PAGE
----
A Texas bankruptcy case, in which the former owner of a debtor business spent about seven weeks in jail for refusing to turn over passwords to several social media accounts, may have a substantial impact on the legal status of social media accounts as assets of a bankruptcy estate. The court ruled that several social media accounts belonged to the business, not the individual, and were therefore the property of the bankruptcy estate. In re CTLI, LLC, No. 14-33564, mem. opinion (Bankr. S.D. Tex., Apr. 3, 2015). The ruling could affect individual and family bankruptcies around the country, including in California, in which individuals use social media for any sort of business purpose. This seems especially true when one considers that social media is a very new phenomenon, and the law is always slow to catch up to new technologies.
The business owner (the “Owner”) operated a gun store and shooting range in the Houston, Texas area. He and his wife initially owned the entire business. He recruited an investor (the “Investor”) in 2011 to help purchase a larger facility in exchange for a 30 percent ownership stake. Problems developed among the three owners, according to the bankruptcy court. The Owner and his wife began proceedings for divorce in late 2012, and the Investor filed a state court action in November 2013 requesting a receivership.
The Owner filed a Chapter 11 bankruptcy petition for the business in June 2014, one day after a state judge ordered a receivership. The bankruptcy court allowed the Investor to propose a plan, and it approved his proposed plan in December 2014. The plan made the Investor the sole owner of the reorganized business and required the Owner to turn over passwords to accounts used for the business on Facebook, Twitter, and other social media platforms.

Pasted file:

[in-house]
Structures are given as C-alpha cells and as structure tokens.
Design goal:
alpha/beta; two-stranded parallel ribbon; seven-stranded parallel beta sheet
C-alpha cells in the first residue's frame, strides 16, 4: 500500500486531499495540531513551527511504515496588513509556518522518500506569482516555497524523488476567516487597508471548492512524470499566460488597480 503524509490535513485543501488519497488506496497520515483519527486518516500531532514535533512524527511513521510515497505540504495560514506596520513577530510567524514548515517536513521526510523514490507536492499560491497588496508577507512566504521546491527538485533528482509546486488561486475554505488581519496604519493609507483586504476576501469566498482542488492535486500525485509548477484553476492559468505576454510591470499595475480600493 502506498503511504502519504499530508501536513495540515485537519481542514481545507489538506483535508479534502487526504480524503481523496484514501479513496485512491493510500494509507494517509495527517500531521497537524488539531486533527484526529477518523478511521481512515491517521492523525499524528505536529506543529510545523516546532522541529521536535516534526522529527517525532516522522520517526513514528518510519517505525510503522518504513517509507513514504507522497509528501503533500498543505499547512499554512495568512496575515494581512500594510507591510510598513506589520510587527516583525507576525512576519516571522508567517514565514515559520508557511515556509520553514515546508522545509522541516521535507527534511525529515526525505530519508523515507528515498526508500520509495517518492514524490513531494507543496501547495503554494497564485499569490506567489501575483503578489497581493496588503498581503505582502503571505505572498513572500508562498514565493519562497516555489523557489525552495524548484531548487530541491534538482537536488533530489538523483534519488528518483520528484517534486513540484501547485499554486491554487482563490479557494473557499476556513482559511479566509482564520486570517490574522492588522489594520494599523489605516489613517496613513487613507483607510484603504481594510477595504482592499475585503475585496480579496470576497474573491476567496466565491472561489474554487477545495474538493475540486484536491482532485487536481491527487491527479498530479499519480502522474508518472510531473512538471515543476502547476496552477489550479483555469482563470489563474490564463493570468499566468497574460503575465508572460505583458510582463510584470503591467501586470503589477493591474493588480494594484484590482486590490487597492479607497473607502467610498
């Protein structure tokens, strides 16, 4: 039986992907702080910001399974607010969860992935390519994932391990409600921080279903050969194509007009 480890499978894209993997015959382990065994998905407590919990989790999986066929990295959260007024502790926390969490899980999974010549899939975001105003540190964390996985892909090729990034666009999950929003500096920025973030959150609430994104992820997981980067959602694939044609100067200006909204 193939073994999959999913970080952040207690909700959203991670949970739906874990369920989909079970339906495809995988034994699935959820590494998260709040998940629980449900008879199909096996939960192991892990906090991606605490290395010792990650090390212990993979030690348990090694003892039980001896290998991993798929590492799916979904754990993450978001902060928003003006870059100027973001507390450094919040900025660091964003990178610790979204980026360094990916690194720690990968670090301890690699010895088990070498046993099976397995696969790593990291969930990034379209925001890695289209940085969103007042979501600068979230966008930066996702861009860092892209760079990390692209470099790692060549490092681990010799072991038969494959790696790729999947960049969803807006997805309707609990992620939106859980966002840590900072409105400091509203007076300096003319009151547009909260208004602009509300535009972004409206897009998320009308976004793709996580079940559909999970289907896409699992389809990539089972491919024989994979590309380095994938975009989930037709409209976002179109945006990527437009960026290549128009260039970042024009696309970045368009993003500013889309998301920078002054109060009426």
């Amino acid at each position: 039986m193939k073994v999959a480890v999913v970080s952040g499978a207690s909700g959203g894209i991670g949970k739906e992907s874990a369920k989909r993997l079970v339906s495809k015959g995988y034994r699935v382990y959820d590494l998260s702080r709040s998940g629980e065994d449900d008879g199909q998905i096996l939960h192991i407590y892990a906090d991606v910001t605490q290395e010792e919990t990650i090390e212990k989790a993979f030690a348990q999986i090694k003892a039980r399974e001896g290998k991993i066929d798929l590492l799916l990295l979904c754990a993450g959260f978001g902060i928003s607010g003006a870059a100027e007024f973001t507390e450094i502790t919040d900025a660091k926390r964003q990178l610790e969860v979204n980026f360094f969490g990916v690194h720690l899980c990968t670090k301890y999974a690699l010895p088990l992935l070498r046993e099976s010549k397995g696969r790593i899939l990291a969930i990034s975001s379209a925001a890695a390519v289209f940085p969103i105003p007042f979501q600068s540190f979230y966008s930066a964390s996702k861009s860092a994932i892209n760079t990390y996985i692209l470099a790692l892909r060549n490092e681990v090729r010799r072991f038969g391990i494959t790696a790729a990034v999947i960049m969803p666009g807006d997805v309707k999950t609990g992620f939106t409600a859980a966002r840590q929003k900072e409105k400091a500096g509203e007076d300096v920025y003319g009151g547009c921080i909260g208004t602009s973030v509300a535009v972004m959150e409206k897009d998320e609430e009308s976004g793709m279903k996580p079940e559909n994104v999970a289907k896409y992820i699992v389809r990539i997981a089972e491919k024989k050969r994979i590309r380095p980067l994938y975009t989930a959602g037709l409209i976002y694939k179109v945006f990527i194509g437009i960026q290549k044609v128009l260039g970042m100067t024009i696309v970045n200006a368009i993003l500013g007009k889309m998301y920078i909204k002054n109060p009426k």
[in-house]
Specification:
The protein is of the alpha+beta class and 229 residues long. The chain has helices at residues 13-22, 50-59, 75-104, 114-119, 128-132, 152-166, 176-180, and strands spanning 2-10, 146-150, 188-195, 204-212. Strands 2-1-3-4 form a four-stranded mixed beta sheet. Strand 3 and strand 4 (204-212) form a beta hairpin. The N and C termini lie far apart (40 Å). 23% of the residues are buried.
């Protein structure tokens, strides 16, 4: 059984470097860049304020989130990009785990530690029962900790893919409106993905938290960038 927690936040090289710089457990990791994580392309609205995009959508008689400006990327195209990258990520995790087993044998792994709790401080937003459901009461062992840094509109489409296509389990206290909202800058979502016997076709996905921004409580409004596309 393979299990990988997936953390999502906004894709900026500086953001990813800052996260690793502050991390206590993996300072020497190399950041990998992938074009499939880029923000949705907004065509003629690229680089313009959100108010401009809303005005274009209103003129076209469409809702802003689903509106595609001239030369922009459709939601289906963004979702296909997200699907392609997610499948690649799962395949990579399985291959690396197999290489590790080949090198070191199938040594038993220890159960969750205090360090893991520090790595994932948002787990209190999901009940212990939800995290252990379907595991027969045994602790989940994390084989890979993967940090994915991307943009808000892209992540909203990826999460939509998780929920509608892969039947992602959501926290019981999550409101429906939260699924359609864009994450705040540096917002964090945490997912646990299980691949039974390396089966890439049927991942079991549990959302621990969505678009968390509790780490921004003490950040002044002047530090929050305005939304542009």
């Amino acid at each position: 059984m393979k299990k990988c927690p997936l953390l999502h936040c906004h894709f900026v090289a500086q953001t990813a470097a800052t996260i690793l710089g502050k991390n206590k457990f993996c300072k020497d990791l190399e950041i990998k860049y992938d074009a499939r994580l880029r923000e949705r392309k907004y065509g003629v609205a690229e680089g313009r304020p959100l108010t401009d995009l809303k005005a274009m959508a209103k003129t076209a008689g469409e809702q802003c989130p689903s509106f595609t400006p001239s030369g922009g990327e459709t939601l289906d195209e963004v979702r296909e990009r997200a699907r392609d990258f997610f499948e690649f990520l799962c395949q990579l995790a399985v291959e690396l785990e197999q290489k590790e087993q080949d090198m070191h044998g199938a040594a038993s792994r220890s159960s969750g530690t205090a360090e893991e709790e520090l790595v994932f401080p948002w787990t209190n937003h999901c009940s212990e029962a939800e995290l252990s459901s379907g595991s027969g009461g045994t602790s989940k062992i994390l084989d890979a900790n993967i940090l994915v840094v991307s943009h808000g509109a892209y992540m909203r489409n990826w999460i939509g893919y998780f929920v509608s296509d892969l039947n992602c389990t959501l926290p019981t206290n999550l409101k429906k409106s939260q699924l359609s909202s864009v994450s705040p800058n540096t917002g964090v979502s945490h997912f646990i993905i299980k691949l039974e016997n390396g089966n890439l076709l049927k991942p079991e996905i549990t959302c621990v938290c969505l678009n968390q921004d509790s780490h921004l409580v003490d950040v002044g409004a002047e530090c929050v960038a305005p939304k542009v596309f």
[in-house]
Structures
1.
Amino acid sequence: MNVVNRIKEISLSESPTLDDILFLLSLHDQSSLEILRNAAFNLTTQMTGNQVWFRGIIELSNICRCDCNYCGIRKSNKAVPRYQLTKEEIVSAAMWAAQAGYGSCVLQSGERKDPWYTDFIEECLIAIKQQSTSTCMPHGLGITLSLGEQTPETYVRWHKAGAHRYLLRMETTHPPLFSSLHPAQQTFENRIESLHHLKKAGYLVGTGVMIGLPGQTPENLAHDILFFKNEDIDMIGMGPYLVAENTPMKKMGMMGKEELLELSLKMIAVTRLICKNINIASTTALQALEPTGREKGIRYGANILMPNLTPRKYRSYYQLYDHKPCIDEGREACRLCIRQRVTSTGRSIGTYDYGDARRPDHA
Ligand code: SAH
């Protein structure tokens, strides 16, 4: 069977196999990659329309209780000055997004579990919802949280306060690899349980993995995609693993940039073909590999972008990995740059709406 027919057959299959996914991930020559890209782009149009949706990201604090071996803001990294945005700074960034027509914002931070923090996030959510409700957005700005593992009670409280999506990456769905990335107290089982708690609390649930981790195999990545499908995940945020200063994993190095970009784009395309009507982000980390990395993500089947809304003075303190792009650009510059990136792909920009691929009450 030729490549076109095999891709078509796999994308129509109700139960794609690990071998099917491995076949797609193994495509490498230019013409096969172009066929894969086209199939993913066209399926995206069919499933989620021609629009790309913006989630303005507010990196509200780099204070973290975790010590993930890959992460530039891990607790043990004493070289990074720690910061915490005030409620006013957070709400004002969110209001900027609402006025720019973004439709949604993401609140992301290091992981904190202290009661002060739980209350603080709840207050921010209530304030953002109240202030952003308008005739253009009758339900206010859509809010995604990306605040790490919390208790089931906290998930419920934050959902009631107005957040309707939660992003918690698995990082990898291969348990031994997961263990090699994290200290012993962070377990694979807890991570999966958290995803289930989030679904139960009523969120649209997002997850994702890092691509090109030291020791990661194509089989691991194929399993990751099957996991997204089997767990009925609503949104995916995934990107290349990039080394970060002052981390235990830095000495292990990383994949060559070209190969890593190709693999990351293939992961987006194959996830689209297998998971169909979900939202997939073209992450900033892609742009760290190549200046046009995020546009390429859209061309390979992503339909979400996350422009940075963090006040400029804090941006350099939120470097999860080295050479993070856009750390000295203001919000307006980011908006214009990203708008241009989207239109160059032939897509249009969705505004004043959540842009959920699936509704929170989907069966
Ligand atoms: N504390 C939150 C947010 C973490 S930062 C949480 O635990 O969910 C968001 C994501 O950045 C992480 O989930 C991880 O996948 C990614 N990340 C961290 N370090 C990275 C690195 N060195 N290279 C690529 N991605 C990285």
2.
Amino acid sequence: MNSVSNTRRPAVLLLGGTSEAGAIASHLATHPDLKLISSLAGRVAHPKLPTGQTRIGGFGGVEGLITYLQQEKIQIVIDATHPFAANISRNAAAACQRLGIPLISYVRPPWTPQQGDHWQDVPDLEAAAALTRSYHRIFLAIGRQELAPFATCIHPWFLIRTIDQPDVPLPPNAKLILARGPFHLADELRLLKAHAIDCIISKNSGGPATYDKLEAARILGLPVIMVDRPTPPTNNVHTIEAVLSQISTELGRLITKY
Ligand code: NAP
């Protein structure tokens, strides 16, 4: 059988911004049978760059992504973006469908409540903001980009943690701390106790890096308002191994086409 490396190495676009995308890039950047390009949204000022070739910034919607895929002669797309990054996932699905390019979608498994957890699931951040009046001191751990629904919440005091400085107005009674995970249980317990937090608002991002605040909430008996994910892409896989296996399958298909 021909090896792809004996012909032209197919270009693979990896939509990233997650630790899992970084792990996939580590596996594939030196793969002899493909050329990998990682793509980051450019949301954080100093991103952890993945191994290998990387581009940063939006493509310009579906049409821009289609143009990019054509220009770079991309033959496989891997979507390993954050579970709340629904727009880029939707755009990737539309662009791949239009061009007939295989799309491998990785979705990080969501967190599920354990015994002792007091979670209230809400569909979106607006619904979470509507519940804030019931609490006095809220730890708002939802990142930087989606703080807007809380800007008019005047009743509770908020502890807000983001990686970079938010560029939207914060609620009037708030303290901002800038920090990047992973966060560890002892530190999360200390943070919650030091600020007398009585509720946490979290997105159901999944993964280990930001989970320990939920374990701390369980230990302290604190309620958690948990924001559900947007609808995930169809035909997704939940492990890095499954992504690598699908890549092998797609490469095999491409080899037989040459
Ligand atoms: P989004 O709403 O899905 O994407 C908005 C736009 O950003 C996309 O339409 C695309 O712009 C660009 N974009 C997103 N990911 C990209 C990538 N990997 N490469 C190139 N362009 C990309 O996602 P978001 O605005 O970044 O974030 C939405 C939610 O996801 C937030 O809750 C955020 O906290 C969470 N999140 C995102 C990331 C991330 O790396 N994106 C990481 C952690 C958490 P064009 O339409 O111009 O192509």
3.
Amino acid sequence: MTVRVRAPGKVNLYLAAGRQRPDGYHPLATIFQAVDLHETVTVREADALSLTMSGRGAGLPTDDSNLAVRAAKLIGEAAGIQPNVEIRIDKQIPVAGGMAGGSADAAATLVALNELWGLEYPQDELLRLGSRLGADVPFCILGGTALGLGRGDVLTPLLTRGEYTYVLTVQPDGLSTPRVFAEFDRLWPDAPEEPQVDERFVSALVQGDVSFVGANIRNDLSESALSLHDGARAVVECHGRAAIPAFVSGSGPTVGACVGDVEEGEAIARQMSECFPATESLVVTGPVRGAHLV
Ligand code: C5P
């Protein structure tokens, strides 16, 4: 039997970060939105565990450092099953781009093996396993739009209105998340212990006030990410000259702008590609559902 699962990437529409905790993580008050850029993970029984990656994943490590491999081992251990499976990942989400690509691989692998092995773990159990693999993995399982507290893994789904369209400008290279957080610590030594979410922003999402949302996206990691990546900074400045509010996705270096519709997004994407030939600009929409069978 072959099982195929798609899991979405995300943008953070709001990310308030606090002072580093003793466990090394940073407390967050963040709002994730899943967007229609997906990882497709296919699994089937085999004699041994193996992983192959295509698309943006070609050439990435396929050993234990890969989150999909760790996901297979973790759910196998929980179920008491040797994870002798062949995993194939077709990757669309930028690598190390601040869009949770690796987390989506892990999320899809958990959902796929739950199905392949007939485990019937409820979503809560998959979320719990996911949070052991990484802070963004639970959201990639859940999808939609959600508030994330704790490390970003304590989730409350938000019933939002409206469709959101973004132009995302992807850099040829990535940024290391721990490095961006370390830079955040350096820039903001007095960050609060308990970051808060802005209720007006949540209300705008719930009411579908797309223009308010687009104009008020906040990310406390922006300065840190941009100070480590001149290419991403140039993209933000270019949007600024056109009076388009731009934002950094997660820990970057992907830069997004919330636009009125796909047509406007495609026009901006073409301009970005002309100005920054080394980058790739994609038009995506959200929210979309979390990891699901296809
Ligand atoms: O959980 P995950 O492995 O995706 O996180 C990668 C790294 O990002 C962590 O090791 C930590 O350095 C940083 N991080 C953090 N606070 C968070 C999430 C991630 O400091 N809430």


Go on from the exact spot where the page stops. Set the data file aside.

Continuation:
The Owner objected to turning over the passwords, but on April 3, 2015 the court ruled that the social media accounts fell within the Bankruptcy Code’s definition of “property of the estate.” 11 U.S.C. § 541. It rejected the Owner’s claim that the social media accounts were his personal property. The social media accounts in question, it held, primarily served to market the business, and all posts and updates were made under the name of the business, not the Owner.
The court held that the situation would be different if the accounts “related to the interest known as a persona.” CTLI, mem. op. at 10. A persona could be treated as property in many situations, but it might not be considered bankruptcy estate property because of “the 13th Amendment’s prohibition on involuntary servitude.” Id. at 10-11. California law might view personal social media accounts similarly, based on laws like the “password protection law,” Cal. Lab. Code § 980.
The Owner continued to refuse to turn over the social media passwords to the Investor, and on April 9 the court ordered him taken into custody by the U.S. Marshals Service. It denied his motion to reconsider and his request to stay the contempt order on April 21. It ordered him released from custody on May 27 after finding that he had complied with its order. The Owner had also filed an appeal in U.S. District Court on April 24.
Since 1997, Los Angeles bankruptcy attorney Devin Sawdayi has helped individuals and families find their way out of financial distress through the Chapter 7 and Chapter 13 bankruptcy processes. To schedule a free and confidential consultation with a knowledgeable, experienced, and compassionate financial advocate, contact us today online or at (310) 475-939.
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